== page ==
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‘Tis The Season … for Dry Skin

As the cool days of autumn turn into the cold days of winter, you might begin to experience the unwelcome effects of chronic dry skin: itchiness, scaling and even cracking.

“When it turns cold we turn our central heating systems on, which reduce the natural moisture in our skin and causes it to dry out,” says Richard Price, M.D., of Price Skincare Clinic in Ridgeland, MS. “The problem gets worse as we age and the skin becomes thinner and dryer, as well as for those taking certain medications such as diuretics or those who have medical conditions.”

To prevent chronic dry skin or treat the uncomfortable effects, follow these tips.

Tip #1: Moisturize
The most important thing you can do for your skin during the winter is to moisturize on a daily basis. And not just any moisturizer will do. Look for products listing ingredients such as ceramides, dimethicone and shea butter, which help seal the moisture in the skin.

Tip # 2: Apply Daily
Not only do you need to choose the right moisturizer, you should apply at least once per day if not twice. Increase frequency of moisturizing during the coldest weather and apply just after a bath or shower when your skin is still wet. The moisturizer will help lock the water into your skin.

Tip #3: Avoid harsh cleansers
Avoid cleansers such as soaps that dry your skin out. Stay away from exfoliants, scented soaps and alcohol-based cleansers. Instead, use gentle fragrance-free cleansers and body washes, which often contain moisturizing ingredients.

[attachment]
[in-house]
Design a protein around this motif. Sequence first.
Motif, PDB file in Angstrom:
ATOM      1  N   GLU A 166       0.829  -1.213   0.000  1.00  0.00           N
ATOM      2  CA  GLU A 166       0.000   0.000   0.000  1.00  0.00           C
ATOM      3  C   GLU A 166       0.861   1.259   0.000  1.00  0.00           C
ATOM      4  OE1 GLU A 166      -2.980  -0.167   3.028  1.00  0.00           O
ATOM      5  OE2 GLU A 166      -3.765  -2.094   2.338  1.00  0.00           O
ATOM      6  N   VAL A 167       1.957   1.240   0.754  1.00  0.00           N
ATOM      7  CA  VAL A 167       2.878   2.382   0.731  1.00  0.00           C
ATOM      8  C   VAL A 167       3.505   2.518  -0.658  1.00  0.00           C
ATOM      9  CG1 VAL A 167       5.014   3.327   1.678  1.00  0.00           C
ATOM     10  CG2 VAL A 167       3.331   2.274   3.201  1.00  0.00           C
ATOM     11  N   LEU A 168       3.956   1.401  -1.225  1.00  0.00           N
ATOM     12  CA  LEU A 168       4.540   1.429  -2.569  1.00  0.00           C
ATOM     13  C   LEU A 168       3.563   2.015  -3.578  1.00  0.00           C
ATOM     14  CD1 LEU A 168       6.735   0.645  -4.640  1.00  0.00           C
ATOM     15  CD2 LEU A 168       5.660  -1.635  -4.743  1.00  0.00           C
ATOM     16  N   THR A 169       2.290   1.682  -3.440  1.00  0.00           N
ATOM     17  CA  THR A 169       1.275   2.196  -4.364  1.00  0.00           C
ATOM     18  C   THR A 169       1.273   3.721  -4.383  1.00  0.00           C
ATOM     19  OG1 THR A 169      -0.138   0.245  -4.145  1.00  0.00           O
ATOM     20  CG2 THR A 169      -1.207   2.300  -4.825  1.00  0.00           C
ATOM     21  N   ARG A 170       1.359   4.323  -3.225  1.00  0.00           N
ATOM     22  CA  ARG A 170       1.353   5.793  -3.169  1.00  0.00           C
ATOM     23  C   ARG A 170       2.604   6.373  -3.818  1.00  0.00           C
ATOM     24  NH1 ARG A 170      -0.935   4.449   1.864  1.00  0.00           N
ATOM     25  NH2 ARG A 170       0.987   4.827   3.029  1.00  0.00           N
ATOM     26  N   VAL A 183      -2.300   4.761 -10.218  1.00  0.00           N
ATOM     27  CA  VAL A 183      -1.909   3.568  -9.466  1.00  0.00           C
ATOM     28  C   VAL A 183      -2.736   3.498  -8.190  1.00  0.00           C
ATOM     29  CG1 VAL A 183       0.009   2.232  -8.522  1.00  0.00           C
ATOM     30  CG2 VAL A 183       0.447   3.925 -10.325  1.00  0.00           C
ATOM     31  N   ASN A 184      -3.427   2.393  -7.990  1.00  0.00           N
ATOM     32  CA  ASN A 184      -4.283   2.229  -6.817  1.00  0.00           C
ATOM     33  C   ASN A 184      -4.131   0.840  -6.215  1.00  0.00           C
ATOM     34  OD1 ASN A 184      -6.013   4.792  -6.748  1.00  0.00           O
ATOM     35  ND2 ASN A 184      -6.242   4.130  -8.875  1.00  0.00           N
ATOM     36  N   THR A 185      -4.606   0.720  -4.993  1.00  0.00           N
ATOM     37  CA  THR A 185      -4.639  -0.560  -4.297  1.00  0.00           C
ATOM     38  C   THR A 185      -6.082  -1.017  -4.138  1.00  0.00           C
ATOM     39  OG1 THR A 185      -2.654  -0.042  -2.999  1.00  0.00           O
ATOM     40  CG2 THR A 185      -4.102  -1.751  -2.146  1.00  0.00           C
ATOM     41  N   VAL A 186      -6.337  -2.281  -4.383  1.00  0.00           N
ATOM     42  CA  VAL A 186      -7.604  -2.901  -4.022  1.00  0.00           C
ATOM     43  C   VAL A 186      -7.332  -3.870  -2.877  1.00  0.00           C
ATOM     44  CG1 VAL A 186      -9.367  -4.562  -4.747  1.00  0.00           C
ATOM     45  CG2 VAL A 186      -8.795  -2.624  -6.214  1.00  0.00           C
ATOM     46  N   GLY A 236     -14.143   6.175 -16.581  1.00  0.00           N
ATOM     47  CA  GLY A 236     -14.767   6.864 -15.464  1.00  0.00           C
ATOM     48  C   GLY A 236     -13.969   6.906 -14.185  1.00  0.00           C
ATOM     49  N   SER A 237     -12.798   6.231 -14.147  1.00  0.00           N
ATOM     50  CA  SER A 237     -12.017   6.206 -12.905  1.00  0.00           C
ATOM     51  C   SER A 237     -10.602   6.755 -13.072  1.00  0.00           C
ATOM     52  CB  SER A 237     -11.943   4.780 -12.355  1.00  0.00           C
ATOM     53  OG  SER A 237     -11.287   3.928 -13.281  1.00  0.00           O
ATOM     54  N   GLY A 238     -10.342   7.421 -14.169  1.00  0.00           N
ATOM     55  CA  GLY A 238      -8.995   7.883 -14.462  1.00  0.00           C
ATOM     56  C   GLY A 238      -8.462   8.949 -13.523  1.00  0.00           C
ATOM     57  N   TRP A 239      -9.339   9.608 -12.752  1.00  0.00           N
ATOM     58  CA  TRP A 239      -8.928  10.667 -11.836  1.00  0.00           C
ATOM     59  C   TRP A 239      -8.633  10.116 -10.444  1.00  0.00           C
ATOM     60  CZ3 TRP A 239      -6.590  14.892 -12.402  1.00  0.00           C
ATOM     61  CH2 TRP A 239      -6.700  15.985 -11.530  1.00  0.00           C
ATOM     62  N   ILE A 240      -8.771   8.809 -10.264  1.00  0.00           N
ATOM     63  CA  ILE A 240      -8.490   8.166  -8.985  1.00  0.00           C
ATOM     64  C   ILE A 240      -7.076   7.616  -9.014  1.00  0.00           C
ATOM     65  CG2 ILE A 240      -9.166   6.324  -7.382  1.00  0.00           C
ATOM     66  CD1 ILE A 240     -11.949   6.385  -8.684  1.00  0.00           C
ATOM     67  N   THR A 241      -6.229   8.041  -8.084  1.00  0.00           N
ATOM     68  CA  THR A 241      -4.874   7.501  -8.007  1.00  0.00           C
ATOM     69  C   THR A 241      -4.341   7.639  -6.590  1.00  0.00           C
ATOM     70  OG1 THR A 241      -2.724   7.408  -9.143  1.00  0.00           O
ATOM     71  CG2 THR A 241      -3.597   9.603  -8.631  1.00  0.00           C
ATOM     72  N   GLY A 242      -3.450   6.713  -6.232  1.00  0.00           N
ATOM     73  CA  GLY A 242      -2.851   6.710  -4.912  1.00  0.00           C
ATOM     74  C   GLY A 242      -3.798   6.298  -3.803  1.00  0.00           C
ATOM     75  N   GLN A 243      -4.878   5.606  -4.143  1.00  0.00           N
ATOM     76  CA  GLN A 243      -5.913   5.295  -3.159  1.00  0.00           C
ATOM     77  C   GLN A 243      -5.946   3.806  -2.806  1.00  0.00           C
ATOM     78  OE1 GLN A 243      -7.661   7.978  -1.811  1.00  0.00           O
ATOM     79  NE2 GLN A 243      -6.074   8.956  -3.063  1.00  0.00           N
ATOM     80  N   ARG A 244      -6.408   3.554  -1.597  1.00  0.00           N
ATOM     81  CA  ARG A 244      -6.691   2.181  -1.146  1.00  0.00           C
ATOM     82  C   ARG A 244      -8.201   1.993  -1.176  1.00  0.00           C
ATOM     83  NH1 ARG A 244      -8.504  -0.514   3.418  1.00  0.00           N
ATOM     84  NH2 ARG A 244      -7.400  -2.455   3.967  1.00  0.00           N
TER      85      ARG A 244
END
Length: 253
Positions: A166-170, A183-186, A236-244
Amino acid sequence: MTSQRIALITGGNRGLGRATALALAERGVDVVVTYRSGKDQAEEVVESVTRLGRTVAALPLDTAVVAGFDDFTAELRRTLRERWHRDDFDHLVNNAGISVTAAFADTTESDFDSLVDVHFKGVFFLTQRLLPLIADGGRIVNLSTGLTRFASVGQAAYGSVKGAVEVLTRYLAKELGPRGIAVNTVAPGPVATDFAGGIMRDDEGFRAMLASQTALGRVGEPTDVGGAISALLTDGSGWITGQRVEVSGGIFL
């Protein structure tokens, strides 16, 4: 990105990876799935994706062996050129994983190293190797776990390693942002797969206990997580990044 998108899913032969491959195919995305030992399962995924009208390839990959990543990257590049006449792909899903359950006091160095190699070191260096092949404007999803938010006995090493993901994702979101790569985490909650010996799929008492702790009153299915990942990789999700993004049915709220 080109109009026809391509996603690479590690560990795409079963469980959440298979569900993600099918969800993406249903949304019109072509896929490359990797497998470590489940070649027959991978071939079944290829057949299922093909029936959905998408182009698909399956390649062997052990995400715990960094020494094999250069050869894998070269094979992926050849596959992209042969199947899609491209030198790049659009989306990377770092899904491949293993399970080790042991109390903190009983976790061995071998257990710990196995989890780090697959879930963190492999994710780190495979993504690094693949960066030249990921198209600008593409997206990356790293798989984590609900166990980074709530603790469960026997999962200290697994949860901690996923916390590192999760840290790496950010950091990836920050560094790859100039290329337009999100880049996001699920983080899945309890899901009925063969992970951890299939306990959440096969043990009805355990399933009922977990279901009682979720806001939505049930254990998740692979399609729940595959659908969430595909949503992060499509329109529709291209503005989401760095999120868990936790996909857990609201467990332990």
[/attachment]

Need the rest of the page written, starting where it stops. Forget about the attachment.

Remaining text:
Tip #4: Use Cream not Lotion
Lotions often have more alcohol content which leads to dry skin. But creams with olive oil, avocado oil or shea butter can help keep the moisture in your skin and help prevent dry itchy skin.

Tip #5: Humidify the air
To combat the effects of central heating systems, use a humidifier inside your home to add moisture back into the air.

Tip #6: Avoid Hot Showers
While a hot shower will feel good after a day out in the cold, resist the urge. Hot showers can deplete the natural moisture from your skin and make it dry and itchy. Set your shower temperature to warm and take showers 10 minutes or less.

Tip #7: Try an Oral Antihistamine for Relief of Itching
If itching is driving you crazy, try an oral over-the counter antihistimine. But be careful as some will make you drowsy. Allegra or Claritin can help relieve itching but won’t put you to sleep. However, antihistamines such as Benadryl or Chlor-Trimenton can make you drowsy so only use these at night.

When to See a Doctor
If your skin becomes red, inflamed, irritated or unrelenting itchy, and you’ve tried the tips above, it’s probably time to see a skin doctor. You might have a more serious skin condition that requires prescription medication. And you don’t want your skin to get so dry that it cracks, which can become infected and require oral antibiotics.

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